The only thing I did not like about communicating only via lists was : When I have something to log, because a thread has put something into the to-be-logged-list, then the client has to poll this information, because it is synchronized on the list, at least this is my personal understanding of it.

I can introduce a sleep(1000), which would work, but which smells like a workaround, because I do not understand the situation yet.

And polling in general, to be honest, has become a little bit out-of-date as technique. When using git you would use a Git trigger and not have a Jenkins script polling for a change in your repo, yes?

Let's use the Observer Pattern, let's inform the logger that there is data.

Java provides the implementation for the Observable class, you just need to extend your own class with it. Then you implement the update function for those classes which implement the Observer interface.

But the notify function of the Observable class only informs the Observers about the change, while the Observers do ... what? Actively wait?

No, there is something missing.

I googled several times "java thread observer pattern", but did not find anything helpful.

I explained it to Eike, I said "What I need to find out is how to code an Observer thread waiting for a notification of an Observable thread". One minute later Eike had found this link :

There they explain the thread synchronization via the wait() and notifyAll() functions of the Object class.

The search phrase was "java thread wait example" and again it was clear : The computer does what you say, not what you want...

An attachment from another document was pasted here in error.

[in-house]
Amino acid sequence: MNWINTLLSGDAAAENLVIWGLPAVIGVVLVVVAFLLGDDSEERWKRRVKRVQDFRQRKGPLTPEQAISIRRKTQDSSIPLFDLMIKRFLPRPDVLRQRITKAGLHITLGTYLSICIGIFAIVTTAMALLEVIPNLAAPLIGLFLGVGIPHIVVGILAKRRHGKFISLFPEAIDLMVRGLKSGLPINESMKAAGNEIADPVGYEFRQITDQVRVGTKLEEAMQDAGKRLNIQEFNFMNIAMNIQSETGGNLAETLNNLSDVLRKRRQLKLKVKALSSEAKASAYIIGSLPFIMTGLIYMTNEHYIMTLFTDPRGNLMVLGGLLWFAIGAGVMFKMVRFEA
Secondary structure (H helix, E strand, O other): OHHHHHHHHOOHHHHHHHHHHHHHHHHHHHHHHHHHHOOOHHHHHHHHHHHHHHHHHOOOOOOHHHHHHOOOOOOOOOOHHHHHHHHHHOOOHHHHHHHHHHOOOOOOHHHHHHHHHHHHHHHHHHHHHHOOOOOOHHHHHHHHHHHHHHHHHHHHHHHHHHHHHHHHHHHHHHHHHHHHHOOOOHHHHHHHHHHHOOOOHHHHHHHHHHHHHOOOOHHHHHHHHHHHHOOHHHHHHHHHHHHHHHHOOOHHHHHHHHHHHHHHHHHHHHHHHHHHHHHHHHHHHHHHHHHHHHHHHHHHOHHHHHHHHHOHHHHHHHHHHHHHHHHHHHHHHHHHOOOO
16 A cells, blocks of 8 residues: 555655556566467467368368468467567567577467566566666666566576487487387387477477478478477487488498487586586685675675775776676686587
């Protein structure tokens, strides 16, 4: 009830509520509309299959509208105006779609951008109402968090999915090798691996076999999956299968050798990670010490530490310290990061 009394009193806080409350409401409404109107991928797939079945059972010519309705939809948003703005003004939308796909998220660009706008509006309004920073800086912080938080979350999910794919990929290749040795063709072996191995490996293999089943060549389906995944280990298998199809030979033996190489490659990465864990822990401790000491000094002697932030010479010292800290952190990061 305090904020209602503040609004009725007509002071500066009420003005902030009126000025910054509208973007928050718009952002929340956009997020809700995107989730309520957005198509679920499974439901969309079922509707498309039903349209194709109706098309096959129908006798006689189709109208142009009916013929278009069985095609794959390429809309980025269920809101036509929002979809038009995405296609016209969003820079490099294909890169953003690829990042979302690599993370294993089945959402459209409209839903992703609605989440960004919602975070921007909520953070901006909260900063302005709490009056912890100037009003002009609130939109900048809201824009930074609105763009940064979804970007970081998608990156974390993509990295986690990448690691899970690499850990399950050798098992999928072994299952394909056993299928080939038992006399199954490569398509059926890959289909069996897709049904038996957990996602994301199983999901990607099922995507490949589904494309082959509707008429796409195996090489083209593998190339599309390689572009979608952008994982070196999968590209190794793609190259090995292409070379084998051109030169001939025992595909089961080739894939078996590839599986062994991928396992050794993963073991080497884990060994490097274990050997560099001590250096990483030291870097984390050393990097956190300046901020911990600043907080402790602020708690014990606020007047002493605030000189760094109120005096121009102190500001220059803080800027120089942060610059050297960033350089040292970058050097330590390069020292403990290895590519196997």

OK, so the Java class Object implements a mechanism to register some Observers to an object and the information produced by the server is : clients, wake up.

Combination of OP and CPP with wait and notify

After knowing how to prevent active waiting by using wait() and notify() the question was, how do I pass the data from the server thread to the client threads? Writing it to a global list or singleton automatically means new problems :

  1. you cannot write unit tests when using singletons
  2. you must come up with an idea for how to detect that an information is consumed to remove it from the list

I have decided to use the Observer Pattern implementation of Java for this, I use the notifyObservers(arg) function of the Observable class to pass the information direct into the update(arg) function of the clients. There the new information is added to a list member of the client. This happens in a synchronized block, so it will not be interrupted.

So at the end I am doing what I was starting with, I am using the Consumer Producer Pattern, because I want to decouple the threads and so I have no influence on the situation that the server can create new data before all clients have consumed the old data.

Exactly this was what I like about the Consumer Producer Pattern, it decouples the threads and at the same time guarantees that the information will be processed in the same order it was created and no information is lost.

I have implemented this in a standalone example, it is contained in the next [blog post](#example-for-combining-op-and-cpp-with-wait-and-notify